A group of investors has filed an appeal after a judge dismissed their class-action lawsuit against a mutual fund division of Royal Bank of Canada that offered its advisers higher commissions for selling RBC funds than it did for selling competing funds.
Earlier this year, two Ontario-based law firms, Investigation Counsel P.C. and Bates Barristers P.C., filed a class action suit against Royal Mutual Funds Inc., an investment arm of Royal Bank of Canada, claiming investors were not aware of the adviser compensation arrangements and, therefore, did not receive unbiased investment advice when they bought the company’s mutual funds.
In 2018, Royal Mutual Funds paid more than $1.1-million in fines after investment regulators found the company was offering in-house investment advisers commissions that were 10 basis points higher than those for other funds when they sold certain RBC funds. ( A basis point is a one-hundredth of a percentage point.) The enhanced compensation paid out to RBC advisers by Royal Mutual totalled more than $24.5-million.
In a decision on Tuesday, the Supreme Court of British Columbia refused to certify the class action, stating the investors had failed to meet the requirements of a class proceeding.
“Ultimately, I cannot find that a class proceeding in this case would be fair, efficient or manageable,” Justice Amy Francis wrote in her decision. “The heart of the plaintiffs’ case is the allegation that the defendant harmed their financial interests by acting in a conflict of interest when selling RBC funds ... this is a highly individualized claim that is simply not amenable to class determination.”
Justice Francis dismissed the certification after determining the class action was not a preferable procedure for resolving investors’ claims, and that finding the defendant liable would require detailed inquiries into each class member’s financial records.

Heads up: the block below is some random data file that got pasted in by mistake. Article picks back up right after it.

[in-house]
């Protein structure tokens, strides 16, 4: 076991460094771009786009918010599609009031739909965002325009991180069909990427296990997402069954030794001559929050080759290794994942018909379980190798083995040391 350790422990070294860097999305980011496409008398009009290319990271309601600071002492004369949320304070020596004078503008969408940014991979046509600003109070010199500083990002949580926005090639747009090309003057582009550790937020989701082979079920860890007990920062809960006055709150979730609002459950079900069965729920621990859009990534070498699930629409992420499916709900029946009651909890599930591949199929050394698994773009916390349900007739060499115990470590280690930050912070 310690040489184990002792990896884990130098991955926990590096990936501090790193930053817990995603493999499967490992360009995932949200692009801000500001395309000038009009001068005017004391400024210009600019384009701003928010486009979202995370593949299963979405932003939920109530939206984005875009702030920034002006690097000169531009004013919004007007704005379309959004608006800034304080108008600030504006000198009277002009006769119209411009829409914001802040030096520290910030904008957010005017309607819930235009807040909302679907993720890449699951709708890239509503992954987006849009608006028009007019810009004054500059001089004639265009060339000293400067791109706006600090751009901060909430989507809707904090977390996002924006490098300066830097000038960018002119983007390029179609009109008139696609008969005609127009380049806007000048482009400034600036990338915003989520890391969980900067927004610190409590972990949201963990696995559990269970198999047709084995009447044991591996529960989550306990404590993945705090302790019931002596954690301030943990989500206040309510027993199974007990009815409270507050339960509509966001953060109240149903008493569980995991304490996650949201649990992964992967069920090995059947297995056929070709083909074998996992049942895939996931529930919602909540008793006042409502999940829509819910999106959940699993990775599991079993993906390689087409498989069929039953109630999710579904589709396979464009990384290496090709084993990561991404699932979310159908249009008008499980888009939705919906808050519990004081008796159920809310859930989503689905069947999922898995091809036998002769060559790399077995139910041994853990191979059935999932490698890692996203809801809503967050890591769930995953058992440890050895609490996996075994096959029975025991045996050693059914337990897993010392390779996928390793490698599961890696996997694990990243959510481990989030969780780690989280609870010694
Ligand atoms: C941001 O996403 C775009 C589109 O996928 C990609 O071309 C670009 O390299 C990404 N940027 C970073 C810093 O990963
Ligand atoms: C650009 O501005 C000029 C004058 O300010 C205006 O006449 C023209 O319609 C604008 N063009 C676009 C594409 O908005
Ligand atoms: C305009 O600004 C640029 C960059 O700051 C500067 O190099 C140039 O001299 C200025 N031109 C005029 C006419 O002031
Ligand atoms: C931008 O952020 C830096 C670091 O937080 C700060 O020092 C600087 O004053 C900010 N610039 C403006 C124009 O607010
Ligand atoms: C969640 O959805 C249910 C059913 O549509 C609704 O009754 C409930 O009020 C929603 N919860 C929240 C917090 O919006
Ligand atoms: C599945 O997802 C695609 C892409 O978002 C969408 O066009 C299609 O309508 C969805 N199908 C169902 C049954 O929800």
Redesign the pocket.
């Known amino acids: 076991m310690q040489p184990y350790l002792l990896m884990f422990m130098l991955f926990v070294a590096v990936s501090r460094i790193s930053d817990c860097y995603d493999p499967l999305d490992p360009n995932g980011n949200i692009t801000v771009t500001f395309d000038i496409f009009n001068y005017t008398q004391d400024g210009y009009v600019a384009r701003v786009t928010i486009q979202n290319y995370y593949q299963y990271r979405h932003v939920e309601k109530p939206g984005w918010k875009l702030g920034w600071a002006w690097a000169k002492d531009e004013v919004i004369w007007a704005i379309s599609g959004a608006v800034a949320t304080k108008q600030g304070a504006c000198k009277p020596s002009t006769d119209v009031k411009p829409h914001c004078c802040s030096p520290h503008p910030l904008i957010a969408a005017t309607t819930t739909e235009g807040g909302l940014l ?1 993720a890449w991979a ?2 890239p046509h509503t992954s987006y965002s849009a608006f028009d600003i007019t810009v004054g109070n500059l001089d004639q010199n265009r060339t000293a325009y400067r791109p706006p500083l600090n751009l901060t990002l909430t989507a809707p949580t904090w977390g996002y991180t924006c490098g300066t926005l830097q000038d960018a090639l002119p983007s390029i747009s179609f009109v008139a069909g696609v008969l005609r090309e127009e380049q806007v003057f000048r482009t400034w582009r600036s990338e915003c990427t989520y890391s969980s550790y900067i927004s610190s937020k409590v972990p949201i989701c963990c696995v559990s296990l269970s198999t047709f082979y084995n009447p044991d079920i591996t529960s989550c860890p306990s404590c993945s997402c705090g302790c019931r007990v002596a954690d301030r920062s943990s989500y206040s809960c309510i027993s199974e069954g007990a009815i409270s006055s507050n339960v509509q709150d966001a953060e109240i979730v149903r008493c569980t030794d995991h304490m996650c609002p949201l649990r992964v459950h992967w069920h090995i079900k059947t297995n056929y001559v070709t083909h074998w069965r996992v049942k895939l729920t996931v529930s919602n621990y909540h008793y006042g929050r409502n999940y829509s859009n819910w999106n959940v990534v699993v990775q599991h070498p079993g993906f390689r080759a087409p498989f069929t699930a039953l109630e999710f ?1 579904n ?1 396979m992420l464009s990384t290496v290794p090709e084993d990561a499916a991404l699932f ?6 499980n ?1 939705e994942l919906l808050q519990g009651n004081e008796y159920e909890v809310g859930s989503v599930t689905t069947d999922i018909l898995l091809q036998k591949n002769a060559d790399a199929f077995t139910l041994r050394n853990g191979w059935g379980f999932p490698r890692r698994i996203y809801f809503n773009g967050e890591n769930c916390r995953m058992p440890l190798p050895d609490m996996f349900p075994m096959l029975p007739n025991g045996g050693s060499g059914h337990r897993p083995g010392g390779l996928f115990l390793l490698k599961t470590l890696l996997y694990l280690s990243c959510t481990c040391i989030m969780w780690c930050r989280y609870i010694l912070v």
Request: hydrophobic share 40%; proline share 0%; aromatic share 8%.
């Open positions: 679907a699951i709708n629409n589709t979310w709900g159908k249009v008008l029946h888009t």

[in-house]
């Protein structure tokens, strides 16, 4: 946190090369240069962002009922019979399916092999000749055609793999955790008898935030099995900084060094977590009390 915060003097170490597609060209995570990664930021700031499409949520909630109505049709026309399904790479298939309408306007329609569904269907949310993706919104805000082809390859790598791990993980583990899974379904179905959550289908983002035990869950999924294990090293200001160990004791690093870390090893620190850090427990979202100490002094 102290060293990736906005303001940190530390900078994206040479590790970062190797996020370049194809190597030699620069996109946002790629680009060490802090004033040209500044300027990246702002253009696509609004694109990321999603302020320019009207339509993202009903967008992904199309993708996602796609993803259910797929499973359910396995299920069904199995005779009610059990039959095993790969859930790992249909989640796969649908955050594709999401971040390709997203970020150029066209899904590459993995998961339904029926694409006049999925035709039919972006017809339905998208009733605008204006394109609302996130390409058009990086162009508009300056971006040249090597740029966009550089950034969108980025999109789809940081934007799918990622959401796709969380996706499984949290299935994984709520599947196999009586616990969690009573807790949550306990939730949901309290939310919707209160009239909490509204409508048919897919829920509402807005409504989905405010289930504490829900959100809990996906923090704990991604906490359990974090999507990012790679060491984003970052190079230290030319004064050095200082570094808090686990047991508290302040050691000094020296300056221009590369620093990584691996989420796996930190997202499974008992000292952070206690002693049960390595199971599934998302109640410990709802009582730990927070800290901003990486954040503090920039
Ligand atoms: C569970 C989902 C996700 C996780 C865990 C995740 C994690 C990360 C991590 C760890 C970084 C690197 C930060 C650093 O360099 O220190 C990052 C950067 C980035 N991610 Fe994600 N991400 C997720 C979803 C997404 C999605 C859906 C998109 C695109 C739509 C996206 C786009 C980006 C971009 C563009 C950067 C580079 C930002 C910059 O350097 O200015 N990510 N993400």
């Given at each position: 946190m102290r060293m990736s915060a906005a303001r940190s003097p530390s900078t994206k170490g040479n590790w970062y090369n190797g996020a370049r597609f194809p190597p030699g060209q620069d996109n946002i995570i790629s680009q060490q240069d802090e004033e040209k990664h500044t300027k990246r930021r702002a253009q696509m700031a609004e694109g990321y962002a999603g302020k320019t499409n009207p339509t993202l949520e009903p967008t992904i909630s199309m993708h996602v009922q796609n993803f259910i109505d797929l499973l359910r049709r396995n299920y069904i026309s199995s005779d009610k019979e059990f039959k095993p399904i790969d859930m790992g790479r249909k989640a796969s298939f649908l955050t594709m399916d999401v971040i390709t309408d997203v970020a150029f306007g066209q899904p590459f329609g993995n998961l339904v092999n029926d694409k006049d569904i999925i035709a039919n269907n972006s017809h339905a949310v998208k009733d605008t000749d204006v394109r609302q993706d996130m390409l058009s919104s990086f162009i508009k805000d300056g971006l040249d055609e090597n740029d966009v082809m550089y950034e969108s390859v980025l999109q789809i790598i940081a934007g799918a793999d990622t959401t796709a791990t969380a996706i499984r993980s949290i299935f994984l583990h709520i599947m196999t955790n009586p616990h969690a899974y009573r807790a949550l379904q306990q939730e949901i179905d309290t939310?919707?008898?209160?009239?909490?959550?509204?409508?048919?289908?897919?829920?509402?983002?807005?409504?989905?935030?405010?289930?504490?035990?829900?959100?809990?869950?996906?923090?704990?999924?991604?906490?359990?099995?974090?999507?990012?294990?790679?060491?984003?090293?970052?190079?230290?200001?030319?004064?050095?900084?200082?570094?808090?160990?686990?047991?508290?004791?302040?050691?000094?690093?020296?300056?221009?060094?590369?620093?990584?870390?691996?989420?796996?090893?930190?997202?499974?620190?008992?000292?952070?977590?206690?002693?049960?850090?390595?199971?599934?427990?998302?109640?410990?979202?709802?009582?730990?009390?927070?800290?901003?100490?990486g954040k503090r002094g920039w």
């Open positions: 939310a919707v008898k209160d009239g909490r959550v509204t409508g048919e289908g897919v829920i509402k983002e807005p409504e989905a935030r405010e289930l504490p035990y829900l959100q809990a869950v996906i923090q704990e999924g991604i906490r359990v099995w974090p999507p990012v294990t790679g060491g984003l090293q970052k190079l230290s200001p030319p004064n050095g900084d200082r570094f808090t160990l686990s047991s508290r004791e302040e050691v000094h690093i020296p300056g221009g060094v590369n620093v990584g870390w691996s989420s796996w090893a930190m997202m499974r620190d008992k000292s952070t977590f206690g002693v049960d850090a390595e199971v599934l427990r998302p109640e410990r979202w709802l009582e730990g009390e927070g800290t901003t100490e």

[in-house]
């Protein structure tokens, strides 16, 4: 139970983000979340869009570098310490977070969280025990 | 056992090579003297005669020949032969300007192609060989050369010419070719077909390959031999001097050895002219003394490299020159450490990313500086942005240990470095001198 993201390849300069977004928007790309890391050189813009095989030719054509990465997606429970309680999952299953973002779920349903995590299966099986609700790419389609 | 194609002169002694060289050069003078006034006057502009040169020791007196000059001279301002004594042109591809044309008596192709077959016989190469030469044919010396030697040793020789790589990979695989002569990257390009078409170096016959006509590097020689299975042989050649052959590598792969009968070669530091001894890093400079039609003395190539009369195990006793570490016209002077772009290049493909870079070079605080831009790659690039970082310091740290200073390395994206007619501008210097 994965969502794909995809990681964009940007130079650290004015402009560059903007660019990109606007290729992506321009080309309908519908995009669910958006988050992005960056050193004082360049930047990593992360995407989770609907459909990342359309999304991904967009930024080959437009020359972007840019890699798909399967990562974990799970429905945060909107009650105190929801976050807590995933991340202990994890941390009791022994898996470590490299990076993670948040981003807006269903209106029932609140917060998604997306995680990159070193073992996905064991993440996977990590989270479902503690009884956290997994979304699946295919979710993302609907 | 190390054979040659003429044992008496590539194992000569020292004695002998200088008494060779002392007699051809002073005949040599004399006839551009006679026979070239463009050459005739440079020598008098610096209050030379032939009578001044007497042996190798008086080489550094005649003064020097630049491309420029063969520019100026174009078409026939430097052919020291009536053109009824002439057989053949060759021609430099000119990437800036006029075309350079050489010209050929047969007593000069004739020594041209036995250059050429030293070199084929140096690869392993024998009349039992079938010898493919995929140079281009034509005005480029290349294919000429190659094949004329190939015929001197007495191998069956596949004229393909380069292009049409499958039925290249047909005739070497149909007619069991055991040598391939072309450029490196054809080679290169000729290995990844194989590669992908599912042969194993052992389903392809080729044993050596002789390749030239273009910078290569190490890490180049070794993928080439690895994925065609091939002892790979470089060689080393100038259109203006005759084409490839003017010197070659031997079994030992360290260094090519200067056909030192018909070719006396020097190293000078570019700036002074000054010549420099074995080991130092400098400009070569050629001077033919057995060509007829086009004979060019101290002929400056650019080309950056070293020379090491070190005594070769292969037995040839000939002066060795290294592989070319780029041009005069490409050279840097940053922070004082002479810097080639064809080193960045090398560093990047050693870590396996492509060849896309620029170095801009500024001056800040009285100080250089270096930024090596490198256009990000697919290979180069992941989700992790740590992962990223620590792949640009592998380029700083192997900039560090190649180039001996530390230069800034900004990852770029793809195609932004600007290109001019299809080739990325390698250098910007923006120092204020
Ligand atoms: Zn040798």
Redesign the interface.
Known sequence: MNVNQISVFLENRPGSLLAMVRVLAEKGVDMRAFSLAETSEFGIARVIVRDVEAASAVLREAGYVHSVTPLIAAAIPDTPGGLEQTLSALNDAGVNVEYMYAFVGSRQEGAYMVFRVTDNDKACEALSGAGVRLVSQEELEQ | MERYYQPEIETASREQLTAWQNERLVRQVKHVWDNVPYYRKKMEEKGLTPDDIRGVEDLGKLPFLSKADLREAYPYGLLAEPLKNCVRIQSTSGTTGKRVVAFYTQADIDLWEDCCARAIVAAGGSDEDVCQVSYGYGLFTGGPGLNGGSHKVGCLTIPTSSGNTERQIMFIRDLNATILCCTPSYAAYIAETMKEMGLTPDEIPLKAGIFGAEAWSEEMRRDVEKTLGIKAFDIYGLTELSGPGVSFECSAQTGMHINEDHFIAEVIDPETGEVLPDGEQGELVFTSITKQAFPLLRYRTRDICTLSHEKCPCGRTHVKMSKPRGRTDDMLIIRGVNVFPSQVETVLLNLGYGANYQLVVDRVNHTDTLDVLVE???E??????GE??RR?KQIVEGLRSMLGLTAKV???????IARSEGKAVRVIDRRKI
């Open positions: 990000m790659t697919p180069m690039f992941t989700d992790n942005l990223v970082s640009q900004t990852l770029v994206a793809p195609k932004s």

Paul Bates, co-counsel for the plaintiff, said he was disappointed and “respectfully disagreed” with the court’s decision. As a result, Mr. Bates and his co-counsel, John Archibald, filed an appeal on behalf of class plaintiffs William and Diane Sharp, a retired couple from British Columbia.
“We believe everyone has the right to access justice when they have been wronged by an investment dealer through conduct that breaches securities regulation,” Mr. Bates said in an interview. “Investors should be able to access the courts through class action procedure. They should not be forced to bear all of the cost, risk and delay of access to justice by individual action.”
Justice Francis also weighed “behaviour modification” in her ruling, noting that RBC had already ended the higher compensation for advisers and had been fined by the Ontario Securities Commission.
“I must weigh these factors against the increased access to justice inherent in a class proceeding where each plaintiff’s claim is for a relatively small sum,” she said.
Many people in the investment community – including RBC clients – have criticized the OSC for not using a heavier hand against RBC, saying the $1-million fine was disproportionately small compared with the $24.5-million in compensation paid out to RBC advisers.
“The big mistake was with the OSC not sanctioning the senior [Royal Mutual] executive who authorized the extra 10-basis-point payment to salespeople,” investor advocate Ken Kivenko said. “Given the modest fine levied on RBC by the OSC , the deterrent value is nil as it would be cost-effective for RBC to repeat the offence given the extra sales volume achieved.”
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